May is Asian Pacific Heritage Month, a month that pays tribute to the generations of the Asians and Pacific Islanders and their contributions to the rich and diverse history of the United States.
In researching The Red Kimono and its sequel (currently a work-in-progress and titled Broken Dreams) I’ve come across several websites and books detailing the history of events surrounding these cultures. Throughout May, I’ll share some of what I’ve found.
This informative website was developed by Arkansas State University and is an excellent resource with photographs, timelines and other information on the history of internment in Arkansas.
Though the ROHWER JAPANESE AMERICAN RELOCATION CENTER website is a relatively new website, (it did not yet exist while I was researching The Red Kimono) I thought it appropriate that it be the first link I share, since it is the real life history of the relocation center where Sachi Kimura and her family were sent in The Red Kimono. More notably, it is also the camp where in real life, my Auntie Suyo and her family were sent after being taken from their homes in California.
The following excerpt describes Sachi’s first impression of Rohwer:
Grabbing Mama’s skirt, Sachi felt her way down the steps of the rail car. She couldn’t wait to get outside to breathe fresh air.
Sunlight at last. But there was no breath of fresh air. It was too hot, like standing over rice when Mama cooked it. No breeze. And what was that strange buzzing that filled the air? Zoooweee. Zoooweee. She heard it everywhere. Was it birds? Bugs? Whatever it was made it feel even hotter outside.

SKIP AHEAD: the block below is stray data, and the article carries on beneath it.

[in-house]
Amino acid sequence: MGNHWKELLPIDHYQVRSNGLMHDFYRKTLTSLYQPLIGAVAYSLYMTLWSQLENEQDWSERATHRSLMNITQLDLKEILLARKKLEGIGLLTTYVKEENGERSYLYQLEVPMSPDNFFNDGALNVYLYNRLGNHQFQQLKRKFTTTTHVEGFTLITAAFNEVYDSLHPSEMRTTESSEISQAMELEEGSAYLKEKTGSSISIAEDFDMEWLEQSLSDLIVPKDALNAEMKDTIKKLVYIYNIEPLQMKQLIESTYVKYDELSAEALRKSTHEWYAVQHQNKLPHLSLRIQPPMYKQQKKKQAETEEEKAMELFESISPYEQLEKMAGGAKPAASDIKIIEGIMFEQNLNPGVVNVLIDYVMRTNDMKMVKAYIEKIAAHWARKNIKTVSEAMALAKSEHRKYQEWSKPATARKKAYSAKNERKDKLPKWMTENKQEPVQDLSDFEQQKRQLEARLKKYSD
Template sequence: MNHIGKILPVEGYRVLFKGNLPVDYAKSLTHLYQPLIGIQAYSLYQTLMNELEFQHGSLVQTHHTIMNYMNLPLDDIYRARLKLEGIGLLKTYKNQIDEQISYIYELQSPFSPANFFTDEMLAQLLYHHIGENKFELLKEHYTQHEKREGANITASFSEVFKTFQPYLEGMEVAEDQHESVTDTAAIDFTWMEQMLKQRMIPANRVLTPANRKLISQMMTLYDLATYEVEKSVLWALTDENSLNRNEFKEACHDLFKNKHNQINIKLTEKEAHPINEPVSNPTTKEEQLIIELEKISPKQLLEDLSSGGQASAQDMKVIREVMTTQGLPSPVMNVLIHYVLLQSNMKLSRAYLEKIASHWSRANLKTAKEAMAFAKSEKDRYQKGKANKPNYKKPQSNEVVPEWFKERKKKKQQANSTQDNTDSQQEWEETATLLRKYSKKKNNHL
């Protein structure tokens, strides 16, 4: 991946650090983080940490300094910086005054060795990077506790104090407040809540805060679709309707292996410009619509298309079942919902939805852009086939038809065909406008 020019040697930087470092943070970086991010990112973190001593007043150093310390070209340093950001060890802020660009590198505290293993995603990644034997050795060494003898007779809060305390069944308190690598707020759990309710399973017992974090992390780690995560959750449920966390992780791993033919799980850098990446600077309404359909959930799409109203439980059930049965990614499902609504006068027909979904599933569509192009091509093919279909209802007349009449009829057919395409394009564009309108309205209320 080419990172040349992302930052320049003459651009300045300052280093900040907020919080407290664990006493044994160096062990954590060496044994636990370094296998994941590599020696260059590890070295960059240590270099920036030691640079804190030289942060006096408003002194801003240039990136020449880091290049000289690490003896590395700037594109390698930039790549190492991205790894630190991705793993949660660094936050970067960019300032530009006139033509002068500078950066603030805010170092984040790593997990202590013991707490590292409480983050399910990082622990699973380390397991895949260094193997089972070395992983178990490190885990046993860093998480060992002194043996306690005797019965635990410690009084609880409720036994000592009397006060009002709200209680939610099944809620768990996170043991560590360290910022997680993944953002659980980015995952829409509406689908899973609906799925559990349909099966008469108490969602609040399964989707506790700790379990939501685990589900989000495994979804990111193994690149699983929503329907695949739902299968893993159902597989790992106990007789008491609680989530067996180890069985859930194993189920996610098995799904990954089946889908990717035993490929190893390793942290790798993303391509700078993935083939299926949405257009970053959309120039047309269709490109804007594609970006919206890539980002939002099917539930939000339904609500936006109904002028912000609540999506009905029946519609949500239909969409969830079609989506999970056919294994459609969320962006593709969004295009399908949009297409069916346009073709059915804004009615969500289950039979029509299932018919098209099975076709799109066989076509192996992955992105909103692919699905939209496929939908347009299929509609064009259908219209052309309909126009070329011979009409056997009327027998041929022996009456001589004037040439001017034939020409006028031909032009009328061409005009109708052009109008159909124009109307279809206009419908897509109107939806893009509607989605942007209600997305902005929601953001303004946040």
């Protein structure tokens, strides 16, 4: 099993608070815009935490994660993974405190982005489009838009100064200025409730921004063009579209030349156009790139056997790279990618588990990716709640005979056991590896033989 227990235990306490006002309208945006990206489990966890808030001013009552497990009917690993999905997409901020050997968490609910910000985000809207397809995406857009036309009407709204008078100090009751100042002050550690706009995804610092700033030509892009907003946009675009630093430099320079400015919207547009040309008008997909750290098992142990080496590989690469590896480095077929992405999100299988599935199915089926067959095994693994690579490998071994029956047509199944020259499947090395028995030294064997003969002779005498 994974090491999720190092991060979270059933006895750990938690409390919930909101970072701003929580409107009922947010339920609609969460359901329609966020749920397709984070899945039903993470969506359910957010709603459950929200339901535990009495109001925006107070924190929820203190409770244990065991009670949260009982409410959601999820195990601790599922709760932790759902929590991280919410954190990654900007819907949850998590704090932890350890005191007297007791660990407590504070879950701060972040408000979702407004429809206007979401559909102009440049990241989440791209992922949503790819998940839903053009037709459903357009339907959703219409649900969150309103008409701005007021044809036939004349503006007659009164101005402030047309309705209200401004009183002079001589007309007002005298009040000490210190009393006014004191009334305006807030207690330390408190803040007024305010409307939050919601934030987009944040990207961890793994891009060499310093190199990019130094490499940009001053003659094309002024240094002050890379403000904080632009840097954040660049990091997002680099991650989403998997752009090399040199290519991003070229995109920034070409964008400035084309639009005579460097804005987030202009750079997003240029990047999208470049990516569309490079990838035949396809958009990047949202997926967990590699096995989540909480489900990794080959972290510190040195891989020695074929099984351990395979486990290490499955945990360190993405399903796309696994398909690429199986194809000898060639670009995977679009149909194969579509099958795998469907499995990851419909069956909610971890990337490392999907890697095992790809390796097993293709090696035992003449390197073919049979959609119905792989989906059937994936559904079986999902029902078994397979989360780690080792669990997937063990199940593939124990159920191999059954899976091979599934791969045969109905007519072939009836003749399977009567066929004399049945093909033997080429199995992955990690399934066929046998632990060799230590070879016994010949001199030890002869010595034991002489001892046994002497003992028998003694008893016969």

Everybody pressed against the train car, its shade the only escape from the sun that beat down. She looked across a big field of cotton. There it was. Rohwer Relocation Center. Rows and rows of rectangular black buildings, lined up perfectly. Is that where they would live?
It was even uglier than Santa Anita, but some of it looked just the same. Barbed wire all around. Guard towers with soldiers who wore guns over their shoulders.
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I was fortunate to attend the opening of the museum in McGehee, Arkansas in April, 2013, where I met George Takei, a former internee. He opened the dedication with a moving speech about his time as a child at Rohwer.
I was also honored to meet many local residents of McGehee who worked (and continue to work) tirelessly to preserve this time in our nation’s history — a time about which many people are unfamiliar, even unaware.
If you haven’t had a chance to visit the museum in McGehee, I highly encourage you to make a trip to the Arkansas Delta for a visit to both the museum and the site of the camp.
WWII Japanese-American Internment Museum
100 South Railroad Street
P.O. Box 1263
McGehee, Arkansas 71654